Suppose you want a new laptop. You boggle your mind with several questions, watch hundreds of videos and ask friends before choosing the one. But which one do you buy? It’s the one that suits your needs.
It’s not necessarily the most expensive one in the market. There are cheaper laptops out there that fulfill your needs. You always select the one that fits your budget and requirements.
The same principle applies when you’re hiring a financial planner. There are many of them out there with fancy degrees and big bills. It would be best to ask the right questions to find the perfect one—someone who can give you what you need.
Let’s begin by understanding why you need them.
What Does a Financial Planner Do?
A financial planner is a person who excels in the matters of finance, budget making, investment, and taxes. He uses his knowledge to help clients achieve their financial goals. He guides them towards better financial decisions so that they make the most profit from their investments and save up on taxes legally.
Their services generally include:
- Tax planning
- Risk management
- Estate planning
- Investing consultancy
- Asset allocation
A financial planner uses various tools to determine the outcomes of various decisions regarding money. Their clients can be anyone, from an individual, big corporation, or wealthy family. Some financial planners hold the CFP that adds to their credibility. They charge more and work with more influential people.
Why Do You Need a Financial Planner?
The first reason is quite obvious—you’re a big organization that needs someone to make monetary decisions. But if you’re not a company, other factors come into play. These are:
- You don’t know anything about managing money
- You need someone to help you with your investments
- You need to create a retirement plan
- You’re in debt, and you want to make plans to settle it
You qualify to hire a financial planner if you relate to these reasons.
Questions to Ask Before Hiring Someone
- What are your charges?
People think that the cost is an amount that your planner is going to tell you, which you’ll pay monthly. That’s only a part of the whole thing. Financial planning comes with many extra costs, like some percentage of your investment portfolio for managing your account. Then there are trading fees on top of it. Some fees are as follows:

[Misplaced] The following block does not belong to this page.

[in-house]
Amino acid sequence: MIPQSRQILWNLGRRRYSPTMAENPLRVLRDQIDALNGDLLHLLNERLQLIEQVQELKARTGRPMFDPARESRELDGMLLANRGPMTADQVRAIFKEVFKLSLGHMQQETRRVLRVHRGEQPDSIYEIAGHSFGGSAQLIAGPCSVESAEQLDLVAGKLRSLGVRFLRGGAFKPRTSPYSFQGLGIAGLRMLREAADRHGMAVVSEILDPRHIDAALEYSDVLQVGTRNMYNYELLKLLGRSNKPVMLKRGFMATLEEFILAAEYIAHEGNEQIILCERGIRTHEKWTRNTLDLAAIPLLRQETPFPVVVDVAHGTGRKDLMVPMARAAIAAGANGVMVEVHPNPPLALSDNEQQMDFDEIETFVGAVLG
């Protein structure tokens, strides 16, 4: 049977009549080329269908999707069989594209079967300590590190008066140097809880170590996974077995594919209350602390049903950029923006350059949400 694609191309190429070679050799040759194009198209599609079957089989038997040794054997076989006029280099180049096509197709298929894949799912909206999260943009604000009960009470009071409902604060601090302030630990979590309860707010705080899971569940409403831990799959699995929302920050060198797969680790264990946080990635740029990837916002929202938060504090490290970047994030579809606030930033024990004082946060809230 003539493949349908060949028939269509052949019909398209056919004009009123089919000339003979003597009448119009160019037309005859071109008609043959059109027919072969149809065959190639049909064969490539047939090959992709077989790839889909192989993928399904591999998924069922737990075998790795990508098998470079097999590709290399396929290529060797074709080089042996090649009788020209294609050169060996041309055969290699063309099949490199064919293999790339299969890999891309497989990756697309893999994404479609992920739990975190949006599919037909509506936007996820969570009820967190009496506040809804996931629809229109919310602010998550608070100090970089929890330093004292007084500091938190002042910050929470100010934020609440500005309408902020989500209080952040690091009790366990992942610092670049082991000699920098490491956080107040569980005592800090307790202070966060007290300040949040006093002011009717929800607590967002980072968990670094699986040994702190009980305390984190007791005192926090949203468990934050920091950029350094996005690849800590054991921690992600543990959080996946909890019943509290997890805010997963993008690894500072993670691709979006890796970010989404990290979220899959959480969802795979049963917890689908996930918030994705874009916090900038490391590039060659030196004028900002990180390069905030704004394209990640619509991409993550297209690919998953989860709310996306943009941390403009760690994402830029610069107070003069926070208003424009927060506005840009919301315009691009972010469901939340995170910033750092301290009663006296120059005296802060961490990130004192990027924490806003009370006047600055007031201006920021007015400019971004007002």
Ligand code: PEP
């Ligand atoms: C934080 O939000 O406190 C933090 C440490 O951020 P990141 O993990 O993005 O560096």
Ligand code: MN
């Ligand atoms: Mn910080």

- Fund management
- Portfolio management
- Asset management
- CFP fees
- Managed account fees
- How many people are you working with?
This question can’t be skipped. A financial planner works with many clients at once. If you’re a corporation, you should see what other companies the planner manages. A financial planner with more clients must seem brilliant. It’s easy to assume why a bad performer would get so many clients. But if you dig deeper, you’ll see that some financial planners are just amazing salespeople. Once they seal the deal, they’ll start dodging calls and messages.
- What is your backup plan in case of an emergency?
The thought of an emergency where money is involved is quite threatening. But it’s important as your financial planner is an actual person who can have medical emergency or family issues that may come up and last longer than you’d like. Also, they can die. Therefore, it’s better to understand what strategies they have in place for such emergencies.
- What kind of people do you work with?
Many planners work for specific industries. Some work for only companies and not individuals. You should ask this question and gain insights into their portfolio. This is a great question to figure out if they’re a good fit. For instance, a planner who works with people to clear their student loans might not be the best suited for asset management.
- What will the next steps be after you’re hired?
After gathering all the necessary information, it’s time to seal the deal. You must ask about the further steps in the process. These may include their plans for you, some schemes that they may want to introduce, or why they’ll want to do some research. Their answers will give a sneak peek into their work ethic and sincerity.
Finance can be a little complicated, so most people don’t want anything to do with it. They are the “invest and forget” kind. If you’re one of these people, then it’s best for you to hire a trustworthy person to handle your money and provide you with good returns on your ventures. Now that you know what questions to ask, you’ll be able to find the ideal person to handle your money.